How Common Are Monogenic Forms of Obesity And What Can We Do About Them?

Most of obesity is clearly polygenic, meaning that many (perhaps hundreds) of gene variants may cumulatively or synergistically increase genetic predisposition in a given individual. In contrast, monogenic forms of obesity, where a single gene variant (e.g. loss-of-function leptin deficiency) may have a profound effect on body mass, are thought to be exceedingly rare. 

However, a recent paper by Kaitlin H Wade, published in Nature Medicine, suggests that some monogenic forms of obesity may be a lot more frequent than we think. 

In this study, the researchers examined the MC4R coding sequence in 5,724 participants from the Avon Longitudinal Study of Parents and Children and found that heterozygous loss-of-function (LoF) mutations in MC4R affected around 1 in 337 (0.3%) individuals with profound effects on body weight.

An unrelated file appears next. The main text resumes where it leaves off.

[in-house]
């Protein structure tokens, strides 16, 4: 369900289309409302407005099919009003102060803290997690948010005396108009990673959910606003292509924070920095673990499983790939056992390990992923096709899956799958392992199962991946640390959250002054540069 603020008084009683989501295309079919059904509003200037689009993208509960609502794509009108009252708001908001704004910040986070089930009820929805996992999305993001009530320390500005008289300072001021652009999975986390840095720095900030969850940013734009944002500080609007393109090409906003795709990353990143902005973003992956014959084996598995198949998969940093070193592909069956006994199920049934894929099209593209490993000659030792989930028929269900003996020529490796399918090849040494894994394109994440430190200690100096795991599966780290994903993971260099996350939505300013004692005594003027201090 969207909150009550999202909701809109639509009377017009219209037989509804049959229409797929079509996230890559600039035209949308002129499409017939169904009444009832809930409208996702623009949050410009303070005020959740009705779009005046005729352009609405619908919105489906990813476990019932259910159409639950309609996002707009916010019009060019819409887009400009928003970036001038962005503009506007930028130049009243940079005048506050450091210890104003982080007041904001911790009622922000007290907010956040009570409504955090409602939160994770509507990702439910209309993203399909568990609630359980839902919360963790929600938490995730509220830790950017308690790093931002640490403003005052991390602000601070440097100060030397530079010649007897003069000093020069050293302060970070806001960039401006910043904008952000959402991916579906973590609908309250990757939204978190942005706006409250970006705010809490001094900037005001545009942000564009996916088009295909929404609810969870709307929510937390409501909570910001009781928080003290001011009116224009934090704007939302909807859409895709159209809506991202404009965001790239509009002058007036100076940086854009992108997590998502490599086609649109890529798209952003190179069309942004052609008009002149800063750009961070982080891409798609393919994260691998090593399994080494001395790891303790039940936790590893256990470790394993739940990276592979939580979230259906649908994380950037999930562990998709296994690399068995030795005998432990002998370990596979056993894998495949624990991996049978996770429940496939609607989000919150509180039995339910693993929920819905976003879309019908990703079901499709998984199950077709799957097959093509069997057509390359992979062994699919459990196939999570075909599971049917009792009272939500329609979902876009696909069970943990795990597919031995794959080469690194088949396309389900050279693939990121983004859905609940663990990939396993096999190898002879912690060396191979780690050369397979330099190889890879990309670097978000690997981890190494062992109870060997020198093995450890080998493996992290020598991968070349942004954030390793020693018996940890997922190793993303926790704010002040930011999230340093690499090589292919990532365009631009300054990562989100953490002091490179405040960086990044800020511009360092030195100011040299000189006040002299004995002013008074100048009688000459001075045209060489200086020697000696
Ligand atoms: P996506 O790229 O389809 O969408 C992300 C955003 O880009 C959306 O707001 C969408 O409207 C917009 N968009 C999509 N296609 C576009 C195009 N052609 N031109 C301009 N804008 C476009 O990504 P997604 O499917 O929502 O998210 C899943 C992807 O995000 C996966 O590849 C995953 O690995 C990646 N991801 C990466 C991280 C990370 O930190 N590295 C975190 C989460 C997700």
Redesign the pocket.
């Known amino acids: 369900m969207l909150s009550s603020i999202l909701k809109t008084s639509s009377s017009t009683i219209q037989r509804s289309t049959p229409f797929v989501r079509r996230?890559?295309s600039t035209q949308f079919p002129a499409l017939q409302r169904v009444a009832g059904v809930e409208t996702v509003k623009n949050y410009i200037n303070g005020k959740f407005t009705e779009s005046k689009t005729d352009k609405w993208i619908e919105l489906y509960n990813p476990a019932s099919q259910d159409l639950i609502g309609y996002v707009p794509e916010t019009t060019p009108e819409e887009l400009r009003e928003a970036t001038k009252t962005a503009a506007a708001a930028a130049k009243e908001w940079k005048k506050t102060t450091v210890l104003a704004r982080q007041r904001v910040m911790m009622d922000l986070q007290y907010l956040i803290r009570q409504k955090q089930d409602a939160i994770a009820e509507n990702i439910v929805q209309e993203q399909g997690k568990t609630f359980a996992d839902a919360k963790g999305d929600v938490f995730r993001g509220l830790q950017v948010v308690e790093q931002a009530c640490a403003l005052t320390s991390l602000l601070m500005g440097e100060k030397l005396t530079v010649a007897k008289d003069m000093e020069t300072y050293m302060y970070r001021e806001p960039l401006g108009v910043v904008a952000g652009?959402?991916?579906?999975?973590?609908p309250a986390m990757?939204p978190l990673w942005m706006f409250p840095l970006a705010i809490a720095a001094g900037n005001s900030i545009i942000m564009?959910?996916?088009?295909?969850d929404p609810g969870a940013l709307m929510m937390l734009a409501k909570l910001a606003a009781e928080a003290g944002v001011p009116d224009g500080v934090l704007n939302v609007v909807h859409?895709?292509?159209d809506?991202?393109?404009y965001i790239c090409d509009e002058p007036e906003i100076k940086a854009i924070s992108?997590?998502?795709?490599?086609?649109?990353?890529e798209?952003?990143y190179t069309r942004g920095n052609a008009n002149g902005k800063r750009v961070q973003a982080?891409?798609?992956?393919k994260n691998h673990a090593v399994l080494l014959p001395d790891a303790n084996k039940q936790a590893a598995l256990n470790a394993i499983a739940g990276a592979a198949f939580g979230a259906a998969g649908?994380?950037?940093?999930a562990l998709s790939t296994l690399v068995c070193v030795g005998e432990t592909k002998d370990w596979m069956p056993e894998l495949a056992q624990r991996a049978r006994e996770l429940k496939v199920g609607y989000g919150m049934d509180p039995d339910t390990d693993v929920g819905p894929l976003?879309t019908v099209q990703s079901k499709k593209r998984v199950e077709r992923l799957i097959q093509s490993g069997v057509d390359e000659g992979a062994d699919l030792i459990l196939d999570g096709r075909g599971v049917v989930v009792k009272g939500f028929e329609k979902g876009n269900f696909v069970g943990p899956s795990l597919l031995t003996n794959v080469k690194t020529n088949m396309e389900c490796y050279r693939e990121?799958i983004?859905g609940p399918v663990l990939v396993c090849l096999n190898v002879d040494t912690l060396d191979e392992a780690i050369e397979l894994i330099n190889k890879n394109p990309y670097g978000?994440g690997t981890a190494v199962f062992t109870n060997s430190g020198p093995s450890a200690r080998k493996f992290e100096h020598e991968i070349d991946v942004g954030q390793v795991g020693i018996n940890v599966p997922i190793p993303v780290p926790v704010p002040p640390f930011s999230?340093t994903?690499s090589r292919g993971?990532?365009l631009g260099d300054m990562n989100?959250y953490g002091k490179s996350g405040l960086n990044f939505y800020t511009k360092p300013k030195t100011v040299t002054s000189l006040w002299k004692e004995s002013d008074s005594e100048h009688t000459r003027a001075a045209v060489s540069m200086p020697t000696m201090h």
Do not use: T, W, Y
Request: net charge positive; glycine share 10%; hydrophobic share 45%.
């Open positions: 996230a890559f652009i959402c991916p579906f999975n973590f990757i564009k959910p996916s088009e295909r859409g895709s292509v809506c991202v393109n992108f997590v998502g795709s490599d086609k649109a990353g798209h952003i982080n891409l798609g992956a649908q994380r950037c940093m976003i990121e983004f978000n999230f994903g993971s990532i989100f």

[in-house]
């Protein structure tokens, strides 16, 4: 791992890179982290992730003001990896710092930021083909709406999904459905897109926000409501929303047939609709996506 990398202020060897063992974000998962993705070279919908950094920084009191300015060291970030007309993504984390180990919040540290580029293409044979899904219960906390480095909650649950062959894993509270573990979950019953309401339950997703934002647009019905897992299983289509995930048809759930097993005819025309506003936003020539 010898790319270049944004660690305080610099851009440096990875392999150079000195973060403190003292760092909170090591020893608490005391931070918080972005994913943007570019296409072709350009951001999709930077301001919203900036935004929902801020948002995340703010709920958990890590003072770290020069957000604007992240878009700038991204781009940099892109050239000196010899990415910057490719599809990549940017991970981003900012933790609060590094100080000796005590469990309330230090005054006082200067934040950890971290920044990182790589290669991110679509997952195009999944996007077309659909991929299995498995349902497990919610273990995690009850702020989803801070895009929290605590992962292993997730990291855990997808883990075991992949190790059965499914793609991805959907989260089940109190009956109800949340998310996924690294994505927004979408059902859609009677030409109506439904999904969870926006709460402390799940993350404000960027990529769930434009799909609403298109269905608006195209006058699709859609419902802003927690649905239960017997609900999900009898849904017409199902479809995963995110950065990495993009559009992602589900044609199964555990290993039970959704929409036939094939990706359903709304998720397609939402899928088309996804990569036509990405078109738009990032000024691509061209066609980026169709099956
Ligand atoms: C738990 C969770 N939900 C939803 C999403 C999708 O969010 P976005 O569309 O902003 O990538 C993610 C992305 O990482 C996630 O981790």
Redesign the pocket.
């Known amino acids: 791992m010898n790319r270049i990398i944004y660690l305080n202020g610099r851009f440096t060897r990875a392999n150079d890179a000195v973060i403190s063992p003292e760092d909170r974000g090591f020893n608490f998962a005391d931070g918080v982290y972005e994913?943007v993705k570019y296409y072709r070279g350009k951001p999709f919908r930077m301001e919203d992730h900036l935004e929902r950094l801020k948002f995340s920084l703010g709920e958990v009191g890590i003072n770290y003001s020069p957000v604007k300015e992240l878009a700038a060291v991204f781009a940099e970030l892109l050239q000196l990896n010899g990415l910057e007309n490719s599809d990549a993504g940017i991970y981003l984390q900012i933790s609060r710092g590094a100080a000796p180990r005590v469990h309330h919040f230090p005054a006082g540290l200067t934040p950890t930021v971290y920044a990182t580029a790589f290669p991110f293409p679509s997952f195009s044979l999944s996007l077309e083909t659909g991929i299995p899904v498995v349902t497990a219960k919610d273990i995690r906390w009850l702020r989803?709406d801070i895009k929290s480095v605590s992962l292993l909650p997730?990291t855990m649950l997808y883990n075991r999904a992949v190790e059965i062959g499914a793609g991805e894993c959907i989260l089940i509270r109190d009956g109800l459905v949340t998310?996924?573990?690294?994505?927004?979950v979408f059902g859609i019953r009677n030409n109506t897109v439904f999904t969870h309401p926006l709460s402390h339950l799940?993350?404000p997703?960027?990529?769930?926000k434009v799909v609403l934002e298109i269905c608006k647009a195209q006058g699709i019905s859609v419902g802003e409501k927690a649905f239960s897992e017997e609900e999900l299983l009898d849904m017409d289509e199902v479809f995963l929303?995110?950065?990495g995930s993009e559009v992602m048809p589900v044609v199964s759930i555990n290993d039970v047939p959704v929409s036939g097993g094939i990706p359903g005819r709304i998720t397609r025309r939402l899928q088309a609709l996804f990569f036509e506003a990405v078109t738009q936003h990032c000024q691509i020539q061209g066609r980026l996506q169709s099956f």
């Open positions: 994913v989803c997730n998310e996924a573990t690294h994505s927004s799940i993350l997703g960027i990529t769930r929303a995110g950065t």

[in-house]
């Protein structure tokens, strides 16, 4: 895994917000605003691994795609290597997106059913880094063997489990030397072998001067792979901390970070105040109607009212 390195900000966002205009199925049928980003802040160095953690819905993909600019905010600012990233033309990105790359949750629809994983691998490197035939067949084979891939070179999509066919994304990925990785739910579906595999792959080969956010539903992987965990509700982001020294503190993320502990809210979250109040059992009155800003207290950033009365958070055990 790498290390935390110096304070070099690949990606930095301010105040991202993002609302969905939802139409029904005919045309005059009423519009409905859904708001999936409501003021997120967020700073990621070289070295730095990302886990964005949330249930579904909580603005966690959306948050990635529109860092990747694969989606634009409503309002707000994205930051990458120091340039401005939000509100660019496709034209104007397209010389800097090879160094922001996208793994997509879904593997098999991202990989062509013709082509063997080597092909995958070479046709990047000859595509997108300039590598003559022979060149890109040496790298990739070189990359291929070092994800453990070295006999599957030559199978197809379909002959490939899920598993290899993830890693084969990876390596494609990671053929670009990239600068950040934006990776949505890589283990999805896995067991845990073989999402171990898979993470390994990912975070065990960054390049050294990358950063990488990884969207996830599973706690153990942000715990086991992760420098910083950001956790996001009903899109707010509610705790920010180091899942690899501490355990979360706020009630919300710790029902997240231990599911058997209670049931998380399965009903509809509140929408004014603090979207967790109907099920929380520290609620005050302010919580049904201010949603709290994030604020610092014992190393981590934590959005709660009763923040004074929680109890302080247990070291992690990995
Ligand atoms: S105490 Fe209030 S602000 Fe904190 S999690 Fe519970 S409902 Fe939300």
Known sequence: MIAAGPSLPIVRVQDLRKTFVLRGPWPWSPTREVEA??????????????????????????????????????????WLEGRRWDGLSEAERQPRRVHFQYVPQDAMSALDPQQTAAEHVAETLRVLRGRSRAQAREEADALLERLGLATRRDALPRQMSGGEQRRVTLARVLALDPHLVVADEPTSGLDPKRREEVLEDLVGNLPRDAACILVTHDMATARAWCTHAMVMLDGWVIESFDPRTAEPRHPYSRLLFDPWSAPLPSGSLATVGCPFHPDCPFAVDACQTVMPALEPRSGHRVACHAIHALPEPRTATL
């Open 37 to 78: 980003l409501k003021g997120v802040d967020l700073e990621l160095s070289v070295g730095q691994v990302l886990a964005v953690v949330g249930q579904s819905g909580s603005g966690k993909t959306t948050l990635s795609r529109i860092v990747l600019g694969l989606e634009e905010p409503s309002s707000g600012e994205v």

At age 18 years, carriers of LoF mutations were almost 18 kg heavier with a BMI almost 5 points higher than non-carriers. 

Extrapolating this to a country like Germany with almost 20 million people living with obesity, LoF mutations in the MC4R gene could be the key culprit in almost 6,000 individuals. Clearly, genetic screening for both children and adults who experience significant weight gain in early childhood appears prudent to identify such individuals.

For them, the good news is not only that they can stop blaming themselves for their excess weight, but also that there may be promising treatments on the horizon. 

Thus, the MC4R-agonist setmalonitide, recently approved by the FDA for treatment of derangements of the melanocortin pathway caused by pro-opiomelanocortin (POMC) deficiency, proprotein subtilisin/kexin type 1 (PCSK1) deficiency, or leptin receptor (LEPR) deficiency, may turn out to also be effective in people with MC4R mutations. 

This may be attributable to the fact that setmelanotide appears to be significantly more potent at the MC4R than the endogenous ligand alpha-melanocyte stimulating hormone (α-MSH) and (at least in vitro) can disproportionally rescue signaling by a subset of severely impaired MC4R mutants. 

Specific clinical trials with setmelanotide in individuals with MC4R mutations are currently underway. 

Berlin, D